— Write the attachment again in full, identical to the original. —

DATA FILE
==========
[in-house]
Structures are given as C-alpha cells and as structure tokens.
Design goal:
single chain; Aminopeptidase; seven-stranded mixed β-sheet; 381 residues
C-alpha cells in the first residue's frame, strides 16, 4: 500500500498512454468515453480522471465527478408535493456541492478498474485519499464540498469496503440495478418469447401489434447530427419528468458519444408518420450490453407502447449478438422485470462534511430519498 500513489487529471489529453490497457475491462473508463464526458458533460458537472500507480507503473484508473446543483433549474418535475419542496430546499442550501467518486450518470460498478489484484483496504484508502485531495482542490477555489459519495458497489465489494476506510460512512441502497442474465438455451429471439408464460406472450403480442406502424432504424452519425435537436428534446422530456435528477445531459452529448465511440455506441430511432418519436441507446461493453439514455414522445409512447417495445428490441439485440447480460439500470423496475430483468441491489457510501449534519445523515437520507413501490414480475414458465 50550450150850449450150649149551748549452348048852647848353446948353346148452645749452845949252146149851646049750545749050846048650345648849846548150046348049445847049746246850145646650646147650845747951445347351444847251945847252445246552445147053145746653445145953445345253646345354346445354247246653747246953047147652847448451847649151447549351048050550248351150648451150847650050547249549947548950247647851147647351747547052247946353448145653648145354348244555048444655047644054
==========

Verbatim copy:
[in-house]
Structures are given as C-alpha cells and as structure tokens.
Design goal:
single chain; Aminopeptidase; seven-stranded mixed β-sheet; 381 residues
C-alpha cells in the first residue's frame, strides 16, 4: 500500500498512454468515453480522471465527478408535493456541492478498474485519499464540498469496503440495478418469447401489434447530427419528468458519444408518420450490453407502447449478438422485470462534511430519498 500513489487529471489529453490497457475491462473508463464526458458533460458537472500507480507503473484508473446543483433549474418535475419542496430546499442550501467518486450518470460498478489484484483496504484508502485531495482542490477555489459519495458497489465489494476506510460512512441502497442474465438455451429471439408464460406472450403480442406502424432504424452519425435537436428534446422530456435528477445531459452529448465511440455506441430511432418519436441507446461493453439514455414522445409512447417495445428490441439485440447480460439500470423496475430483468441491489457510501449534519445523515437520507413501490414480475414458465 50550450150850449450150649149551748549452348048852647848353446948353346148452645749452845949252146149851646049750545749050846048650345648849846548150046348049445847049746246850145646650646147650845747951445347351444847251945847252445246552445147053145746653445145953445345253646345354346445354247246653747246953047147652847448451847649151447549351048050550248351150648451150847650050547249549947548950247647851147647351747547052247946353448145653648145354348244555048444655047644054